Resonate with the customer’s need
Many technologists, he said, struggle to tell their story well. They have the tendency to talk about the technical muscle, all the things they’ve built and the technical features. “Everyone is fascinated by AI and ML, but in reality, it’s often hard for non-technical people to understand why it matters and how it works. You need to step back, do the Nut Graf exercise, and practice it on people who aren’t so technical and who don’t care as much as you do.” Using examples and user success stories is a great way to help them understand better. “What the technology does to solve their problem is more important than what it actually is,” he said.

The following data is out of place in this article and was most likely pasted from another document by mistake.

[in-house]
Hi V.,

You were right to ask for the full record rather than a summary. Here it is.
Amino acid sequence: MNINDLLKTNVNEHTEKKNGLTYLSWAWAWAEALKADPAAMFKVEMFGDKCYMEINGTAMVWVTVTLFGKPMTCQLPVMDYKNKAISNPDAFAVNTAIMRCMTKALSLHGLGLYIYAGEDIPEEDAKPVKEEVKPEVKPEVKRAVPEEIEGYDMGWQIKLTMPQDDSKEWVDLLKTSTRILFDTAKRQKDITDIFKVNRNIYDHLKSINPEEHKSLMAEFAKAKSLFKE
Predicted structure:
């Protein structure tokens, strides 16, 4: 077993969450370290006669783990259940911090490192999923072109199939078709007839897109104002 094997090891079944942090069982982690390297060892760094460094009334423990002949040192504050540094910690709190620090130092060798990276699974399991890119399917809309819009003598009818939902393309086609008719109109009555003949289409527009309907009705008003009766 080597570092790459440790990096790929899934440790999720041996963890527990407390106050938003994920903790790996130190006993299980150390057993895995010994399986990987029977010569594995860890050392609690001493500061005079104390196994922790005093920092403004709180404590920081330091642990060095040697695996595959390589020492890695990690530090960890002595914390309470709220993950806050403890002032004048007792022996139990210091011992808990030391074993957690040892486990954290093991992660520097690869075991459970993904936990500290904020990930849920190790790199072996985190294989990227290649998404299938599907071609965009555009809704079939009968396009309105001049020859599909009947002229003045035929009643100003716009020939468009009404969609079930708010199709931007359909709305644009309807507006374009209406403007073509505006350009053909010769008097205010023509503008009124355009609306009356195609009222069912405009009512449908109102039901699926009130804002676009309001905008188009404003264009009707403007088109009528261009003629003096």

When it comes to speed versus quality, quality wins. “Everyone can do it, but not many people do it well. If you can explain your technical business to non-technical people and make them care, that’s powerful and rare.”
Let your customers speak for you. “Show people the result of your work, and the impact you’ve created – that will resonate with them.”
Practice makes storytelling perfect
Talking about the best frequency to share content, Michael said that once you commit to it, you need to follow through, be it once a week or a month. “If you’re in the consumer space, frequency is high, so that they don’t forget you. But if you’re in a niche segment and it’s very technical, talk once a month and they look forward to hearing smart things from you. Once your audience grows, you can increase the frequency.”
Today, there are different formats like data visuals, video, audio which enable you to break down complex information and effectively reach the end user. Michael ended the masterclass by saying that it takes practice to craft a great story, but it’s important that you love doing it.